And from another author: “Seven miles offshore we meet our first ice. Closer in it is everywhere; there is often one floe ten yards to starboard and another just as close to port. These chunks are not pack ice formed from the frozen sea. They are splinters, dumptruck-sized, of larger icebergs. It’s impossible to guess just how much farther they extend beneath the surface.” (Tuning the Rig: A Journey to the Arctic; Harvey Oxenhorn, 1990).
Recently, a writer on the web (B.R.Goven) wrote: “Someone once described sailing as made up of one-third ecstasy, one-third boredom, and one-third abject terror. While the degree of terror, or perhaps better stated as fear of uncertainty, can vary ….Sailing….is full of little details that can bog you down if the big picture is not kept foremost in mind.”
Each of these writers has focused our attention on the “story of a ship at sea.” Can you empathize with the characters in these scenes at sea? Were they engaged? By what criteria would we say “yes?” Do their finally honed descriptions convince us that their attention is 100%?
In comparing their adventures at sea to learning in classrooms, we can examine not only student engagement, but also the preparation for learning (or sailing). What provisions had they made for their journeys? How important were their riggings? The riggings that helped to steer their ships.
Can you imagine learning that is 1/3 ectasy, 1/3 boredom, and 1/3 abject terror? This probably sounds more like Play Station 4 than learning in a classroom. However, is there a lesson to learn? Is there a relationship between preparing the masthead and riggings and establishing requirements for rigor? Could rigor be the riggings of instruction? Could rigor establish the lines and the tension between lessons? What other parallels could we draw? In other blogs and articles, CEI has compared the role of principals to captains at the helm of their ships; we have described the necessity of leaders who can steer their ships through turbulent waters. What else could be said regarding the ebb and flow of the ocean, the importance of crews who are on-board and supportive, and preparing to turn ships around?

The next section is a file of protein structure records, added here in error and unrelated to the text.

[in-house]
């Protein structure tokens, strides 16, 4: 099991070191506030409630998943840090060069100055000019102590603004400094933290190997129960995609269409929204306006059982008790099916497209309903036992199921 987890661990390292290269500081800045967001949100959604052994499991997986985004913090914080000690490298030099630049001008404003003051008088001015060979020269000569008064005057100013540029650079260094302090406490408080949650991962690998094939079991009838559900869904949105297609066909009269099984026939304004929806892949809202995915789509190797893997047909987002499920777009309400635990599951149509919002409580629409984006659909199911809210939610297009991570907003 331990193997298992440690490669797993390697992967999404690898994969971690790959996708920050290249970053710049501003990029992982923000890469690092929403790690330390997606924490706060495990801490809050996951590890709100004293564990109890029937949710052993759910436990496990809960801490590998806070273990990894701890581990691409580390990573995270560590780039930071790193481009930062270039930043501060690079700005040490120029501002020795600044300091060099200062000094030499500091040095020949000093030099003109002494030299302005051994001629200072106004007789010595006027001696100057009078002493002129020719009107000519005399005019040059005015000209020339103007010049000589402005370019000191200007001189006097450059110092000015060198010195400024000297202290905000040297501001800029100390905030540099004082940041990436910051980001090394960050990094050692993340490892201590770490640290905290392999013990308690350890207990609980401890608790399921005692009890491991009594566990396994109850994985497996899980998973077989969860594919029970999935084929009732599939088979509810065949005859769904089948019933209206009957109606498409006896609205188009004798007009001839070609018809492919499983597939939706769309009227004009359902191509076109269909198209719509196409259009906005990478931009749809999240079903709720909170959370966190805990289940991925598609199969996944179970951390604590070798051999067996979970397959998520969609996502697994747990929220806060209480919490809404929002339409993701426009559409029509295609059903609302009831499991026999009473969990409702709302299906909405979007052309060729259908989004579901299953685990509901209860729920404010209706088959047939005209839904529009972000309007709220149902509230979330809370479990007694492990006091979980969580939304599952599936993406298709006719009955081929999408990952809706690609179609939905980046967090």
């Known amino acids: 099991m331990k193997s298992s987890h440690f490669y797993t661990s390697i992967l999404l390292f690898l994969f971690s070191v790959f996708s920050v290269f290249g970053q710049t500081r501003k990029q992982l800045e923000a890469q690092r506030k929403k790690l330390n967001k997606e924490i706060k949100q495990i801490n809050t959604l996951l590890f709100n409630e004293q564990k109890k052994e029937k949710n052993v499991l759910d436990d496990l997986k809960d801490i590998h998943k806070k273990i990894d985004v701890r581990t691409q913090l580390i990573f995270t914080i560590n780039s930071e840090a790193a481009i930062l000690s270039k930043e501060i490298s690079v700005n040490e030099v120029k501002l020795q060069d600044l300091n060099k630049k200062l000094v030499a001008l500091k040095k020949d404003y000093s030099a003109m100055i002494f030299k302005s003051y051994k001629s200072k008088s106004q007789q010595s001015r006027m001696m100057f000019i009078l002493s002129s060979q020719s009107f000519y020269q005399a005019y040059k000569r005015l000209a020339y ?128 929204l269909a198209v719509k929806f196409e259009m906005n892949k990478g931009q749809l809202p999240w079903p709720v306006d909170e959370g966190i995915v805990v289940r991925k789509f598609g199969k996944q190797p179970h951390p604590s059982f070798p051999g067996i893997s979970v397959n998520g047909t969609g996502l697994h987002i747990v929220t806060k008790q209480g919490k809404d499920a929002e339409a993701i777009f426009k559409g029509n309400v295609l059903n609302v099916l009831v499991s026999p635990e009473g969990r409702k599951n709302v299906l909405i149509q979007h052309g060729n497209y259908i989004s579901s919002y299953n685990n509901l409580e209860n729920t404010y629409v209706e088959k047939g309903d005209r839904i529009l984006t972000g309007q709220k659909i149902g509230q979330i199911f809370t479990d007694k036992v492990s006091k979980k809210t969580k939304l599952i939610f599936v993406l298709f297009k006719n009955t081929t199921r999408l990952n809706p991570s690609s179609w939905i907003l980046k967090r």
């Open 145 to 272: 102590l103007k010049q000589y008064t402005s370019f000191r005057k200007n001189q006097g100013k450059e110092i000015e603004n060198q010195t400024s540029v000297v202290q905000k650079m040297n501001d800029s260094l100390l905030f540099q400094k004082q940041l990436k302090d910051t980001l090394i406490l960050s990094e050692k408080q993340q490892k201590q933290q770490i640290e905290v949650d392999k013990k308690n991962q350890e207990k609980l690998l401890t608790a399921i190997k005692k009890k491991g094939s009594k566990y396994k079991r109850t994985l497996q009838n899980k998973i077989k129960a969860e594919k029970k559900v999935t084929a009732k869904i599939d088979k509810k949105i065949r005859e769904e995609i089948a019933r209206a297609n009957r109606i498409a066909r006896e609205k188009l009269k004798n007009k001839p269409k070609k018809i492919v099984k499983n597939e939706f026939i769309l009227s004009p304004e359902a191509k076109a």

Two words that come to mind with these scenarios are perseverance and resiliency. So not only did the characters in the stories need to be physically prepared, but they needed to be mentally fit to withstand the circumstances they encountered at sea. Where did they gain their courage and confidence to proceed? Is there something to the “risk taking” that occurs in their stories that may be missing in classrooms today? Some element that creates a sense of intimacy and action so that learning is truly a multi-sensory experience? How important is it for youth to have a sense of being involved in action drama? For youth to participate in learning not only as the reader-observer, but as the doer?